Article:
What started as an outback resort known as Wrotham Park Station in far north Queensland was bought by Indigenous Business Australia, dismantled, and loaded on 18 triple road trains (each roughly the length of three semi trucks) for the journey 1,740 miles across rain forest and desert to the Northern Territory's Mary River Wetlands, about an hour and a half from Darwin, adjacent to Kakadu National Park. Safari tents from Kenya were added to the modern “Habitats” and restaurant and bar to complete the immersive Australian wilderness retreat. Like the world’s best safari camps, Wildman Wilderness Lodge has a spacious wooden deck with an infinity pool and daybed-style lounge chairs that encircle a fire pit. This is the place to watch the sun set and look for the area’s wallabies, dingoes, water buffalo, wild pigs, native birds, and two resident saltwater crocodiles known as Big Arse and Fat Arse.
The Mary River Wetlands are known for having the highest concentration of saltwater crocodiles in the world, and the lily-studded floodplains are prime habitat for barramundi, which the restaurant often cooks for dinner. Open March through November, the lodge treads lightly on the landscape and is culturally connected to the native Limilngan, Unwynmil, and Wulna people, who have lived in the area for thousands of years.
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Originating about 1,500 years ago, the Mary River Wetlands are floodplains that ebb and flow with the Northern Territory monsoons. They’ve become important habitat for such birds as black-necked storks, white-bellied sea eagles, and kingfishers, and they boast the largest population of saltwater crocodiles in the world. The waterfalls and rock art sites of Kakadu National Park are within a short drive, as are the sacred sites of Arnhem Land, accessible only with an Aboriginal guide. The Bowali Visitor Centre and Warradjin Aboriginal Cultural Centre in Kakadu are worth a stop, and the town of Jabiru offers a bakery, art studios, and helicopter flights back to Wildman Lodge.
Need to Know
Rooms: 15 safari tents and 10 air-conditioned habitats. From $457, including breakfast and dinner. Check-in: 2 p.m.; check-out: 10 a.m. Dining options:The Wildman Restaurant offers Australian specialties, sourced from around the country and sometimes right off the property. It doesn’t get any better than having the on-site chef prepare the barramundi that guests catch during their billabong tour, seasoned with indigenous herbs or even lilies, which taste like water chestnuts. The nightly menu might feature grilled kangaroo or marinated crocodile skewers seasoned with lemon and bush spice. Spa and gym details:There is an infinity pool attached to the bar and lounge area as well as several walking and hiking opportunities within the vicinity.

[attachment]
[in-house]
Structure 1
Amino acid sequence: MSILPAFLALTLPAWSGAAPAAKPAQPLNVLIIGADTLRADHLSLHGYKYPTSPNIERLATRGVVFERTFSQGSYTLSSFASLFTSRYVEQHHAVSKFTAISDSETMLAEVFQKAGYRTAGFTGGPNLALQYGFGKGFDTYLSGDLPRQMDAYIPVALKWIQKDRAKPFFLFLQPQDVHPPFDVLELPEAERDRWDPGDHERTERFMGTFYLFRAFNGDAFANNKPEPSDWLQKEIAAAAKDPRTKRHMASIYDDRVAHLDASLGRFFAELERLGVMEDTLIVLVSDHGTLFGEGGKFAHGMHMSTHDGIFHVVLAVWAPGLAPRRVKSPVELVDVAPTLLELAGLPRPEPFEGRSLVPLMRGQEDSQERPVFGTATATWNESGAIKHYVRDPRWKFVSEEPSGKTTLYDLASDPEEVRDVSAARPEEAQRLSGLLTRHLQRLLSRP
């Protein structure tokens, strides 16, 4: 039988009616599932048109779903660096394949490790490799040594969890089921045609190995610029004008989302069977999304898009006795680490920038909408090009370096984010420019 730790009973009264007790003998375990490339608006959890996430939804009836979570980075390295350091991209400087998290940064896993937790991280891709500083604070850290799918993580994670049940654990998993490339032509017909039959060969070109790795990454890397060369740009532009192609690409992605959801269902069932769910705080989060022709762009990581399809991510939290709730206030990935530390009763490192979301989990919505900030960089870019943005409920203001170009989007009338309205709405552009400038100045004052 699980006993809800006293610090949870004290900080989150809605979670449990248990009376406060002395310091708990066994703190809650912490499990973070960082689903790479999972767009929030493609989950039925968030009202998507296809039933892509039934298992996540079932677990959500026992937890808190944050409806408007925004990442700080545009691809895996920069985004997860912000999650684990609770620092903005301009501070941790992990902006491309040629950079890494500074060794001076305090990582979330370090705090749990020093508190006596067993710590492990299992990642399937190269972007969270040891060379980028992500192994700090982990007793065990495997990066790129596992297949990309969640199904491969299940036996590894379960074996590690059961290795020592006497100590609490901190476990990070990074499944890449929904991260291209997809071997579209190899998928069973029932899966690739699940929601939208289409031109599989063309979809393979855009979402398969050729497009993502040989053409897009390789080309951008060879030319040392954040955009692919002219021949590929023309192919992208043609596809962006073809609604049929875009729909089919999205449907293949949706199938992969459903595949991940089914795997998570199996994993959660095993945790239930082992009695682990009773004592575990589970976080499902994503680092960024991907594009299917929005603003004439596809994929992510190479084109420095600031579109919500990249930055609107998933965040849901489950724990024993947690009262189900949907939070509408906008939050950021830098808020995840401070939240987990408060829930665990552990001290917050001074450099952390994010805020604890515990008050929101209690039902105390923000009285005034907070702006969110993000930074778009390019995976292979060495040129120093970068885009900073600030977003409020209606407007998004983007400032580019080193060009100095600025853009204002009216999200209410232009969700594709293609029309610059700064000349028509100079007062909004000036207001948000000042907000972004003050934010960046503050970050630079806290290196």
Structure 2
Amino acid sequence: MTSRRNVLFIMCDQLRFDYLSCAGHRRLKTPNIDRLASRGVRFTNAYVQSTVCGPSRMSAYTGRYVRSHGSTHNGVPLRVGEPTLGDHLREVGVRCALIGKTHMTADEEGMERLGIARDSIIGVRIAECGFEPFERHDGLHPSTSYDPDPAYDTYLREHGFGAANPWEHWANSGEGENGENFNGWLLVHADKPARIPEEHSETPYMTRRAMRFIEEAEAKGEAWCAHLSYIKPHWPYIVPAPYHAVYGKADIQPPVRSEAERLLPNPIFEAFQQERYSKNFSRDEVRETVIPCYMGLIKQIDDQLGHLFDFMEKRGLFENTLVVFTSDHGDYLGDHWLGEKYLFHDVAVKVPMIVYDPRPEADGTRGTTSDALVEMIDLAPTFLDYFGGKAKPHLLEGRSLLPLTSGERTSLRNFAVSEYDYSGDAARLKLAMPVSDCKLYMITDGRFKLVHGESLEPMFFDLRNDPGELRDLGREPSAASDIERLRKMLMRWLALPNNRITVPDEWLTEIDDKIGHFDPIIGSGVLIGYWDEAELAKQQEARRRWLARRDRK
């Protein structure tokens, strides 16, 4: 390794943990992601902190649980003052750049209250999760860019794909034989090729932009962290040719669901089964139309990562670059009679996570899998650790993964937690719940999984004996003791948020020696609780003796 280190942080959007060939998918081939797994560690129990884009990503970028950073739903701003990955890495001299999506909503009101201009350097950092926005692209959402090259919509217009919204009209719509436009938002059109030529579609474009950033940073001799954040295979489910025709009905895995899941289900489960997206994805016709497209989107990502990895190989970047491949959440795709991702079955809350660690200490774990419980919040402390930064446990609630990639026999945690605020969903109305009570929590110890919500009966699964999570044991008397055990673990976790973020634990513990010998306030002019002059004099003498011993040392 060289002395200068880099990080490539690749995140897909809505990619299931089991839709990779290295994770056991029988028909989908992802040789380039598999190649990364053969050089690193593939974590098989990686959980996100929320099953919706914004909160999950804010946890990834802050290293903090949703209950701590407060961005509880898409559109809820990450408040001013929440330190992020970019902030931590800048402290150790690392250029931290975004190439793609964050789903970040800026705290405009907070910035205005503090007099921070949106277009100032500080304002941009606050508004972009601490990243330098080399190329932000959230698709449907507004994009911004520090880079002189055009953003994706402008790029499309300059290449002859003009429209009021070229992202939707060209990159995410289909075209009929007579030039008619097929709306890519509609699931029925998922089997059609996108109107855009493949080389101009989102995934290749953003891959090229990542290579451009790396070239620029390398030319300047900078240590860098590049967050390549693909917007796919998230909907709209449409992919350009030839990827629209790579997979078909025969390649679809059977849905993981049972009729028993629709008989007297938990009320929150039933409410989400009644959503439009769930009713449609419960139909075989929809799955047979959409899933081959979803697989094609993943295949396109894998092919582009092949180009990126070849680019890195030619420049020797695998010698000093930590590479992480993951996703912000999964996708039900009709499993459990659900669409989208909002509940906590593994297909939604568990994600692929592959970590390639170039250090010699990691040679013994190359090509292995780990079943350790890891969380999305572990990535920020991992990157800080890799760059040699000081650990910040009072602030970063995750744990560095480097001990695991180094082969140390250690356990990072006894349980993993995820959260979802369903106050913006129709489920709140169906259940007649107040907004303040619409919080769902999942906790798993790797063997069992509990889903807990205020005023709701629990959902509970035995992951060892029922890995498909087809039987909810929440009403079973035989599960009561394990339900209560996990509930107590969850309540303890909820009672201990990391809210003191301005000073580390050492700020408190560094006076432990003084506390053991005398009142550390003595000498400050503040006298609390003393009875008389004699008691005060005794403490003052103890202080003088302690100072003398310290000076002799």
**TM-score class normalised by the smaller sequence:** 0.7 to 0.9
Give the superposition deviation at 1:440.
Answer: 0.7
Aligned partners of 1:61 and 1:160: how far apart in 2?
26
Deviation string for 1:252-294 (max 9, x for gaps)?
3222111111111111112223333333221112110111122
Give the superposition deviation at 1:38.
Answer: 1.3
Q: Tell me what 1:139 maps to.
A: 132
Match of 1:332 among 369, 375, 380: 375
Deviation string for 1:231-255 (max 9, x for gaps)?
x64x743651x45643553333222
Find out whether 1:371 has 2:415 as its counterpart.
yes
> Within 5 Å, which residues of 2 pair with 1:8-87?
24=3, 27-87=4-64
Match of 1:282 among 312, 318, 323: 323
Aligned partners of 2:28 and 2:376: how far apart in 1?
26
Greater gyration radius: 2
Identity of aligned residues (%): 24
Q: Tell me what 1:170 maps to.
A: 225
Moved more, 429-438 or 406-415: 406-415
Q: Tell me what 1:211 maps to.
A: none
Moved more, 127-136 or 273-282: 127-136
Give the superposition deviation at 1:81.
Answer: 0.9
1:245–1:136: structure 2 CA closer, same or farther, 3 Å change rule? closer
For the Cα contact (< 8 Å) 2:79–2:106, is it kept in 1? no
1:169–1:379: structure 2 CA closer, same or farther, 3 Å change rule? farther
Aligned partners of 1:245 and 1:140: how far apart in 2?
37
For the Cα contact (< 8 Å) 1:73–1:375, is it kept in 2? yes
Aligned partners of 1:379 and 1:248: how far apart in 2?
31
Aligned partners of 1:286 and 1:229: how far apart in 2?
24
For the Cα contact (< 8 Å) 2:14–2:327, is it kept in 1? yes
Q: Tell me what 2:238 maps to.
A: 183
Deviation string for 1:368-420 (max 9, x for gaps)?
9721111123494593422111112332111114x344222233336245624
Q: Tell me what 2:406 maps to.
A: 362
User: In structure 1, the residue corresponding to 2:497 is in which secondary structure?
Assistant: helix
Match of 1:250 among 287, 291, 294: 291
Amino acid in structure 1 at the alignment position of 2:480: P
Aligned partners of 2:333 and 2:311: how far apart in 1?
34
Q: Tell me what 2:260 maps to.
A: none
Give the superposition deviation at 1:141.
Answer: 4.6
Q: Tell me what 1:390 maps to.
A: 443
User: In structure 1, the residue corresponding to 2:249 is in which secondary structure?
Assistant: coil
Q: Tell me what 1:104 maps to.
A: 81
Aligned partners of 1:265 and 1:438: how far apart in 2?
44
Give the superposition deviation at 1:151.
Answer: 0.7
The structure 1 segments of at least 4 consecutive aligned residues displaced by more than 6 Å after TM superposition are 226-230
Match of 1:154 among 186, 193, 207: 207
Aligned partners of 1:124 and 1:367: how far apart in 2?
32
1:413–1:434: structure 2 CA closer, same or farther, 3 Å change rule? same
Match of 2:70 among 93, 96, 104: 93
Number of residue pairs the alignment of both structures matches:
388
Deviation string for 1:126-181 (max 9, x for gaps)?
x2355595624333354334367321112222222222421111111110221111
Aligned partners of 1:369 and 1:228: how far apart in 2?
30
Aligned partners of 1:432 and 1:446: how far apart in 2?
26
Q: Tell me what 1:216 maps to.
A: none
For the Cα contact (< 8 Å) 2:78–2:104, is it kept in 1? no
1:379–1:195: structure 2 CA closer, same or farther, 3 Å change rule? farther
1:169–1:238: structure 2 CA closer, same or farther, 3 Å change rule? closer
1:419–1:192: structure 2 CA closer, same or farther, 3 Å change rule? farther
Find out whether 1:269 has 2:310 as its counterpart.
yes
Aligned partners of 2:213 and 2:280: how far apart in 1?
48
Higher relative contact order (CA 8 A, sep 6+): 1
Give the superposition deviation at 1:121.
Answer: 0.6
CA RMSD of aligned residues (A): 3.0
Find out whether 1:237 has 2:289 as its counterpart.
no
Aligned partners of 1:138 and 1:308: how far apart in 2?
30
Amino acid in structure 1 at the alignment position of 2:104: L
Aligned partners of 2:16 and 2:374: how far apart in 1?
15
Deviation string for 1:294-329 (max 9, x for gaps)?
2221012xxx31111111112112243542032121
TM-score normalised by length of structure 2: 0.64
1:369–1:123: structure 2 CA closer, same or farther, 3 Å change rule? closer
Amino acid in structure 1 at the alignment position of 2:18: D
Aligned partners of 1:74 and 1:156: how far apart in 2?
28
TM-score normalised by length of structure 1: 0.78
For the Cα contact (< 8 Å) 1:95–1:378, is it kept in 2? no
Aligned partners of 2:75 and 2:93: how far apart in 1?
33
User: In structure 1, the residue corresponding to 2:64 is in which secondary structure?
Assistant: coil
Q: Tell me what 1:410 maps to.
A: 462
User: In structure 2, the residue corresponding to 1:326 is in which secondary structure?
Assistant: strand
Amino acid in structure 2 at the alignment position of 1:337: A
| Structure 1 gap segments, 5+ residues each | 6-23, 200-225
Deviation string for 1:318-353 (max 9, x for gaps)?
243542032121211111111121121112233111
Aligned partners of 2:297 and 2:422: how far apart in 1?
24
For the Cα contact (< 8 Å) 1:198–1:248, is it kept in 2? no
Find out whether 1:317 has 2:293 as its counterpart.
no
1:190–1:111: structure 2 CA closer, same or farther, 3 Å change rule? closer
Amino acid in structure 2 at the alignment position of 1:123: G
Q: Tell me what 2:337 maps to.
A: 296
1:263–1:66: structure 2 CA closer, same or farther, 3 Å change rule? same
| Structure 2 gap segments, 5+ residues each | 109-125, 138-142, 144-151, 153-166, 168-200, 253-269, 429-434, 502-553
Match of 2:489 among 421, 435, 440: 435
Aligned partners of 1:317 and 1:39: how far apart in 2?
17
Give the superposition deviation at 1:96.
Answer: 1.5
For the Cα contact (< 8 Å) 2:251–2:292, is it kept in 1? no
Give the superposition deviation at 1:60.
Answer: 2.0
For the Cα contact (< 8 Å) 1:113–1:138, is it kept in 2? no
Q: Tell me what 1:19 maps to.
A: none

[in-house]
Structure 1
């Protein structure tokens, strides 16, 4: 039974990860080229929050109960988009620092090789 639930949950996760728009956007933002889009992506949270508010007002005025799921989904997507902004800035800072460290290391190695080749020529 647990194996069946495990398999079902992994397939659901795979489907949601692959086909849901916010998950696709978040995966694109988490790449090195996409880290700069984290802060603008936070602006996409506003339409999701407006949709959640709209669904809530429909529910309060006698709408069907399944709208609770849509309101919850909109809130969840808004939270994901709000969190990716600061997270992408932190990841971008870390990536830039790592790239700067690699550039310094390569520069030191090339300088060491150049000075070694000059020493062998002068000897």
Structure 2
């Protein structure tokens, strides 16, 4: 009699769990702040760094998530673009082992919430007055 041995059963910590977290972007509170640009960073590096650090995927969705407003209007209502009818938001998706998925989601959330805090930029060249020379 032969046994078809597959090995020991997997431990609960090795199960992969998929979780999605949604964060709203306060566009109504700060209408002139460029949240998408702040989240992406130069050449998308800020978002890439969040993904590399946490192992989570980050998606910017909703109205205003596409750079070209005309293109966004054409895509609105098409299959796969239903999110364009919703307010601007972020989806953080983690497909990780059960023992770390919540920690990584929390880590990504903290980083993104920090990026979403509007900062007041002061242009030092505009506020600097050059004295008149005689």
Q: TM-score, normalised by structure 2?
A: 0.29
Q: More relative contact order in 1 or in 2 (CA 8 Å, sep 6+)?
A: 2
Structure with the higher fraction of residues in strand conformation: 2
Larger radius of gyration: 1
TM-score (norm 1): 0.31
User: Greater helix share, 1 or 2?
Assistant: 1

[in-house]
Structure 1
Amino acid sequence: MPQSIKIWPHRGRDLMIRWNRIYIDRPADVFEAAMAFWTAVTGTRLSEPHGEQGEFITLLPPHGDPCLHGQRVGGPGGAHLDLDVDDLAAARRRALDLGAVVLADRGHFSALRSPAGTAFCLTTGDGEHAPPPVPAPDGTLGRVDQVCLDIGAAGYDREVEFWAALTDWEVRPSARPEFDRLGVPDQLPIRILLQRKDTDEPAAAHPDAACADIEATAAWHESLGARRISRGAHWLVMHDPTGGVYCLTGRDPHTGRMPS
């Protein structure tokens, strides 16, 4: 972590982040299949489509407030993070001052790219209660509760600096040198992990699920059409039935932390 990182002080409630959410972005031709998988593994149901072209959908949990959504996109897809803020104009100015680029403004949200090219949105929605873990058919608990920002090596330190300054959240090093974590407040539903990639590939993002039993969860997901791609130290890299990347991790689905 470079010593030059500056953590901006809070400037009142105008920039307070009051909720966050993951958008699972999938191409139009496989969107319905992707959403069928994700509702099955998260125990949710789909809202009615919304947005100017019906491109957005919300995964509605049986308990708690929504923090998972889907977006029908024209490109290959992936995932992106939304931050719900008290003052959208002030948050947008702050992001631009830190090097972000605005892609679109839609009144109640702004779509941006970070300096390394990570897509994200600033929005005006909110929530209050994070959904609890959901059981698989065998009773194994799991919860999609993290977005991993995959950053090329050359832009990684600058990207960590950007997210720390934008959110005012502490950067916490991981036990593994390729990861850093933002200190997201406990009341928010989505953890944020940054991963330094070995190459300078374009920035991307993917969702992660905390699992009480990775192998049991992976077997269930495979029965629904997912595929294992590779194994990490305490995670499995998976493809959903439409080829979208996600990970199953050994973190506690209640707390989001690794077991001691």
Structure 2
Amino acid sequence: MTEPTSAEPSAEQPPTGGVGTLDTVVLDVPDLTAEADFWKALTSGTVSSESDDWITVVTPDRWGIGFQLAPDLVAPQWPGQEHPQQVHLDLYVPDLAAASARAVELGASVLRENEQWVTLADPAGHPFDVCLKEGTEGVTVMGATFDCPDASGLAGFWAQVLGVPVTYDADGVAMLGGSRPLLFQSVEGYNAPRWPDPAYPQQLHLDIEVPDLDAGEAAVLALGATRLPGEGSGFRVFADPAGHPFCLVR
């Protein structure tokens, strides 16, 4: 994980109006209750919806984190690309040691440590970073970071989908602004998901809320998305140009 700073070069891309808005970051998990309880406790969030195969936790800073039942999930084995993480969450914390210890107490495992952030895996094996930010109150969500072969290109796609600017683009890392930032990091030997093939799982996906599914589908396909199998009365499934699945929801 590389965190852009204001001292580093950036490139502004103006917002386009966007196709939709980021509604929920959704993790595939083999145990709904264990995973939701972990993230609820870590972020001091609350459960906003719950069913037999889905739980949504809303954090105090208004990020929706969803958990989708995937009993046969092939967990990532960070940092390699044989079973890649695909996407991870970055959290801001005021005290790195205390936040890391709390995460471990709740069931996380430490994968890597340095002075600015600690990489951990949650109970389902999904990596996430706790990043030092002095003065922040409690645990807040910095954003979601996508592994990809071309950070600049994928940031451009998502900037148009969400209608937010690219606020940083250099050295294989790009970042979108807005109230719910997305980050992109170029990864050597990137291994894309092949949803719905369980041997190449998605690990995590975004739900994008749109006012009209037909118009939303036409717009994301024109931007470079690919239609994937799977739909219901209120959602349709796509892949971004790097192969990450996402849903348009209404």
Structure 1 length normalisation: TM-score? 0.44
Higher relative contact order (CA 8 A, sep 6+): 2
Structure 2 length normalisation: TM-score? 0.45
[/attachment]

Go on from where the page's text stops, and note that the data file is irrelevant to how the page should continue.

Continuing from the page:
Who's it best for: Travelers who like to explore nature by day and retreat to a sumptuous bed at night. Our favorite rooms: The air-conditioned Habitats are recommended for earlier and later in the season when it’s more humid. They have sliding-glass doors that open to wooden decks, and showers with views of the wetlands. The Safari Tents are less structured but more modern on the inside. Each has polished wood floors and a minimalist blond-wood headboard, and is equipped with reading lights. Tents also have wooden decks for taking in the views. Good to know:The lodge is quietest in March when the billabongs are still receding after the monsoon floods. The wetlands are spectacular in this muggy period when guests are few. This is also a great time for barramundi fishing and riding on a fan-propelled air boat, which only run during the first few months of the season. Heli-fishing is another not-to-miss opportunity offered all season long.